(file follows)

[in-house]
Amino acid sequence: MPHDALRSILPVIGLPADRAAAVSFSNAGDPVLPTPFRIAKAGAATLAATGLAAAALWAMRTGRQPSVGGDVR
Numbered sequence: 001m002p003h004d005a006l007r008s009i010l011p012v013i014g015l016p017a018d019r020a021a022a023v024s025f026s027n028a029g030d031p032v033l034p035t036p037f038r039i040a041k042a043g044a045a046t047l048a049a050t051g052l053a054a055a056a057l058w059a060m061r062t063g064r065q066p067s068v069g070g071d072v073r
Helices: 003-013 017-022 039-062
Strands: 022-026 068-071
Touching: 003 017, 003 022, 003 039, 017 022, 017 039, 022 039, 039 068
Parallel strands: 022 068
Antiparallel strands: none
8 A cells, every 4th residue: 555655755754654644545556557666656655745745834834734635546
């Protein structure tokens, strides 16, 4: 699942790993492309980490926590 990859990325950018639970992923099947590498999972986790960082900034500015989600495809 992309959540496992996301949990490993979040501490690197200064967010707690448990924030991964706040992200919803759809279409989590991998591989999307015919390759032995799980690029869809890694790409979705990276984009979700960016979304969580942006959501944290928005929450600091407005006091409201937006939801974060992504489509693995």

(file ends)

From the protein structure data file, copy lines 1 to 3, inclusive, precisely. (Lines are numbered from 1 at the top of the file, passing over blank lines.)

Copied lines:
[in-house]
Amino acid sequence: MPHDALRSILPVIGLPADRAAAVSFSNAGDPVLPTPFRIAKAGAATLAATGLAAAALWAMRTGRQPSVGGDVR
Numbered sequence: 001m002p003h004d005a006l007r008s009i010l011p012v013i014g015l016p017a018d019r020a021a022a023v024s025f026s027n028a029g030d031p032v033l034p035t036p037f038r039i040a041k042a043g044a045a046t047l048a049a050t051g052l053a054a055a056a057l058w059a060m061r062t063g064r065q066p067s068v069g070g071d072v073r